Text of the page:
Daily Reading for October 26 • Alfred the Great, King of the West Saxons, 899
In the meantime, the king, during the frequent wars and other trammels of this present life, the invasions of the pagans, and his own daily infirmities of body, continued to carry on the government, and to exercise hunting in all its branches; to teach his workers in gold and artificers of all kinds, his falconers, hawkers and dog-keepers; to build houses, majestic and good beyond all the precedents of his ancestors, by his new mechanical inventions; to recite the Saxon books, and especially to learn by heart the Saxon poems, and to make others learn them; and he alone never desisted from studying, most diligently, to the best of his ability; he attended the mass and other daily services of religion; he was frequent in psalm-singing and prayer, at the hours both of the day and the night.
He also went to the churches, as we have already said, in the night-time to pray, secretly, and unknown to his courtiers; he bestowed alms and largesses on both natives and foreigners of all countries; he was affable and pleasant to all, and curiously eager to investigate things unknown. Many Franks, Frisons, Gauls, pagans, Britons, Scots, and Armoricans, noble and ignoble, submitted voluntarily to his dominion; and all of them, according to their nation and deserving, were ruled, loved, honoured, and enriched with money and power. Moreover, the king was in the habit of hearing the divine scriptures read by his own countrymen, or, if by any chance it so happened, in company with foreigners, and he attended to it with sedulity and solicitude.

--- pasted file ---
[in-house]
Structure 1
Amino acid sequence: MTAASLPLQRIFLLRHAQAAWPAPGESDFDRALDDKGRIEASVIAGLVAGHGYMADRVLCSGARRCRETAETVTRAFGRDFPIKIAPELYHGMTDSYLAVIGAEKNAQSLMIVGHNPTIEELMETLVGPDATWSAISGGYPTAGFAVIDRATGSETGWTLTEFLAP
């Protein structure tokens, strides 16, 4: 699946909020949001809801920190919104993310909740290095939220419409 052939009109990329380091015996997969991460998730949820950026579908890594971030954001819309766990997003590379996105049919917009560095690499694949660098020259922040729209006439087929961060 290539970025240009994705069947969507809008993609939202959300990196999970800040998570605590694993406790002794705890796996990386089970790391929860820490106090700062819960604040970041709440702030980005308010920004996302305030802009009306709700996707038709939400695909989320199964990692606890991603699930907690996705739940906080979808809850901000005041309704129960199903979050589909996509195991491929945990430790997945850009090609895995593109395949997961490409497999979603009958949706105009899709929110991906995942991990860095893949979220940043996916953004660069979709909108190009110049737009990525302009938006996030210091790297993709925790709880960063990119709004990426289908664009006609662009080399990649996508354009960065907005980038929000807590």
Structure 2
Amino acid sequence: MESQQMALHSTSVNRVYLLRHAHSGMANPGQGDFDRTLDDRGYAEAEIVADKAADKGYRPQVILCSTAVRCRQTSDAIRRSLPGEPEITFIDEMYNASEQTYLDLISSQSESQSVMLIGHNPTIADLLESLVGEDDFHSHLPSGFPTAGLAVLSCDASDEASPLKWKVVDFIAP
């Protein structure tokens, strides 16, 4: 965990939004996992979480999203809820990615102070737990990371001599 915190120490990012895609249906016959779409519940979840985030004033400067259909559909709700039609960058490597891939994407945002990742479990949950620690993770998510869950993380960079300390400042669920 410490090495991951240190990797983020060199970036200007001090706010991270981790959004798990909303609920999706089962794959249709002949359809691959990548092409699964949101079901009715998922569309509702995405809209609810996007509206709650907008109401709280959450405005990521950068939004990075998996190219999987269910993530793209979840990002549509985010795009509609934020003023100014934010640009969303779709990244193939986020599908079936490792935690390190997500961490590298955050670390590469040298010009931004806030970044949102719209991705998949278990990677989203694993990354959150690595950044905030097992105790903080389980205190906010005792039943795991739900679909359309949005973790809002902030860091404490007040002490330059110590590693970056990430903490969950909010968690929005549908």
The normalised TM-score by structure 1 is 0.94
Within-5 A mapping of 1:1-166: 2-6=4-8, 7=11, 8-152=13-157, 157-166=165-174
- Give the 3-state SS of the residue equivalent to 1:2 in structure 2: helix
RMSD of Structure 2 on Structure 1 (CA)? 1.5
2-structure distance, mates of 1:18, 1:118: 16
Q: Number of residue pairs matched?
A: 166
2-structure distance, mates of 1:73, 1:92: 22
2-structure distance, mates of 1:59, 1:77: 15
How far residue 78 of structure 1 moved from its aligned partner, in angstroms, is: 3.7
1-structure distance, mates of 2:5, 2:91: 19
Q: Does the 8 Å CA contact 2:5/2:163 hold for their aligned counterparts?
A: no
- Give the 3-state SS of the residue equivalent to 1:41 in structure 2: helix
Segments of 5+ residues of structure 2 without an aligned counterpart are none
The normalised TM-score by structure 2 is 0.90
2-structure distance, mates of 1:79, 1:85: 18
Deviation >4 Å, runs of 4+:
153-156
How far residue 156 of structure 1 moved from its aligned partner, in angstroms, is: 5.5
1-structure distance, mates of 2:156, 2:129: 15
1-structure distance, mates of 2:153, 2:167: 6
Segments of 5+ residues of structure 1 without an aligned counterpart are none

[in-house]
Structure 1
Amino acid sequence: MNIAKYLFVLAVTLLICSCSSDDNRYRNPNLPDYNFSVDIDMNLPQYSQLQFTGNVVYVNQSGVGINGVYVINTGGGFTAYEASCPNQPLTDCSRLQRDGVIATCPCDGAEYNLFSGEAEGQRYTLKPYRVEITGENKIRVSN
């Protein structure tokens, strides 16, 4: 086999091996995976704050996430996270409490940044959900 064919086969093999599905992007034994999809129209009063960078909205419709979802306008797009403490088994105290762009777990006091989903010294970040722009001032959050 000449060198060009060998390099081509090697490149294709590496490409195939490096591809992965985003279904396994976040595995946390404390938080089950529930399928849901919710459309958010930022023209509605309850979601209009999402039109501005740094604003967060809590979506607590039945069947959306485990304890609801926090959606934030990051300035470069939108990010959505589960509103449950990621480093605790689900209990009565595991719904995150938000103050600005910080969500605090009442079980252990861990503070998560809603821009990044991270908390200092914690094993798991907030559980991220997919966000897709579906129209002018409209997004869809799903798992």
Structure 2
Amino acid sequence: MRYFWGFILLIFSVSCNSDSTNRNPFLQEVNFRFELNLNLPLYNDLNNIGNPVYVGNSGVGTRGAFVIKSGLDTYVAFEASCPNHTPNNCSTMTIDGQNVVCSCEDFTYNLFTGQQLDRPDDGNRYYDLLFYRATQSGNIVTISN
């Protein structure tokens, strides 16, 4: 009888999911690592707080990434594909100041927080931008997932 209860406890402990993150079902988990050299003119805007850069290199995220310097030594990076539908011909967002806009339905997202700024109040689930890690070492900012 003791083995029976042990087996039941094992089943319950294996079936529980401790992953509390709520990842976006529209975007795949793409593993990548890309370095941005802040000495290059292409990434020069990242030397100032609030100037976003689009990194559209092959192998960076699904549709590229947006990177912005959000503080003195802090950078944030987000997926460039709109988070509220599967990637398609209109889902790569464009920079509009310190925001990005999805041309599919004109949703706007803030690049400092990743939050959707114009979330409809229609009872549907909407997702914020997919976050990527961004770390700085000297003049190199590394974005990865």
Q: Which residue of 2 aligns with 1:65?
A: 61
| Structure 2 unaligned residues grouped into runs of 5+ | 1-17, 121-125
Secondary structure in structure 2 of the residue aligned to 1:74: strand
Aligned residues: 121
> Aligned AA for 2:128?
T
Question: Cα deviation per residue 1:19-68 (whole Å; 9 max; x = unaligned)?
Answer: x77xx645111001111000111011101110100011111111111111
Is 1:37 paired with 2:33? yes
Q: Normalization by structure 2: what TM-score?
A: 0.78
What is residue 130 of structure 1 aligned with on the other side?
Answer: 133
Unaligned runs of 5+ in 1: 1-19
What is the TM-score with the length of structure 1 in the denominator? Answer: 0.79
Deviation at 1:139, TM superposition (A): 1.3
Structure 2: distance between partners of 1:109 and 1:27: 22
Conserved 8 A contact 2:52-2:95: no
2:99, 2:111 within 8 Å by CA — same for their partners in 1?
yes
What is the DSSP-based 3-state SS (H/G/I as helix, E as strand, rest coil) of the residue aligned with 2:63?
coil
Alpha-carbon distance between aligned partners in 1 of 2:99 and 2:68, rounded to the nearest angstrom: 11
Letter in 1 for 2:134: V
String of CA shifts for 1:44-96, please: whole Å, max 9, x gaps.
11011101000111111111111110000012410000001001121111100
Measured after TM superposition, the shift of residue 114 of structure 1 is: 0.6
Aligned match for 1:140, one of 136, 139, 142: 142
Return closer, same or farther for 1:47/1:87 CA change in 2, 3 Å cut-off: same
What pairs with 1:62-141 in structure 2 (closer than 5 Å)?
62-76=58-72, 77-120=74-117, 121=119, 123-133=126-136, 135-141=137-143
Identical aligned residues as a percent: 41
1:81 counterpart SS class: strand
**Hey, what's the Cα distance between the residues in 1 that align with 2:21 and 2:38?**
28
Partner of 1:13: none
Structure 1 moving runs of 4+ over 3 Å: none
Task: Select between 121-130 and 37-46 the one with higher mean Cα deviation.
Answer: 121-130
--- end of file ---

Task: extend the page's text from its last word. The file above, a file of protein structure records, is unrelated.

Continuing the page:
His bishops, too, and all ecclesiastics, his earls and nobles, ministers and friends, were loved by him with wonderful affection, and their sons, who were bred up in the royal household, were no less dear to him than his own; he had them instructed in all kinds of good mortas, and among other things, never ceased to teach them letters night and day; but as if he had no consolation in all these things, and suffered to other annoyance either from within or without, yet he was harassed by daily and nightly affliction, that he complained to God, and to all who were admitted to his familiar love, that Almighty God had made him ignorant of divine wisdom, and of the liberal arts; in this emulating the pious, the wise, and wealthy Solomon, king of the Hebrews, who at first, despising all present glory and riches, asked wisdom of God, and found both, namely, wisdom and worldly glory; as it is written, “Seek first the kingdom of God and his righteousness, and all these things shall be added unto you.” But God, who is always the inspector of the thoughts of the mind within, and the instigator of all good intentions, and a most plentiful aider, that good desires may be formed—for he would not instigate a man to good intentions, unless he also amply supplied that which the man justly and properly wishes to have—instigated the king’s mind within; as it is written, “I will hearken what the Lord God will say concerning me.” He would avail himself of every opportunity to procure coadjutors in his good designs, to aid him in his strivings after wisdom, that he might attain to what he aimed at; and, like a prudent bird, which rising in summer with the early morning from her beloved nest, steers her rapid flight through the uncertain tracks of ether, and descends on the manifold and varied flowers of grasses, herbs, and shrubs, essaying that which pleases most, that she may bear it to her home, so did he direct his eyes afar, and seek without, that which he had not within, namely, in his own kingdom.
From The Life of King Alfred from A.D. 849 to A.D. 887 by Asser, Part II; release 26 of the Online Medieval and Classical Library; found at http://omacl.org/KingAlfred/part2.html